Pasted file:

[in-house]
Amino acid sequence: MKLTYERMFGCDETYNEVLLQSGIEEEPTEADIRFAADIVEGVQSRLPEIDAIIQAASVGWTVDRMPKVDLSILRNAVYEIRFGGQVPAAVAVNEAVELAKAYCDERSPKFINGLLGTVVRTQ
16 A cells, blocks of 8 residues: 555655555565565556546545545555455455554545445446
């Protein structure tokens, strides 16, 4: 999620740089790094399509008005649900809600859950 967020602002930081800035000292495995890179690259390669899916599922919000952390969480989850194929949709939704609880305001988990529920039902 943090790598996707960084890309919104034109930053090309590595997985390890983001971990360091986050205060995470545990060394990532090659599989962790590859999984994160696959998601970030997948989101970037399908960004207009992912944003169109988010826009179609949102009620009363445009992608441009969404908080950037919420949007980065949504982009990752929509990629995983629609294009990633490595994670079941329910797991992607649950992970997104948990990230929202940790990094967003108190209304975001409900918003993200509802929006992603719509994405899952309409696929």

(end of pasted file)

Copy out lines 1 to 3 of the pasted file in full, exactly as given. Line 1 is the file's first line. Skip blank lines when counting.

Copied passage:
[in-house]
Amino acid sequence: MKLTYERMFGCDETYNEVLLQSGIEEEPTEADIRFAADIVEGVQSRLPEIDAIIQAASVGWTVDRMPKVDLSILRNAVYEIRFGGQVPAAVAVNEAVELAKAYCDERSPKFINGLLGTVVRTQ
16 A cells, blocks of 8 residues: 555655555565565556546545545555455455554545445446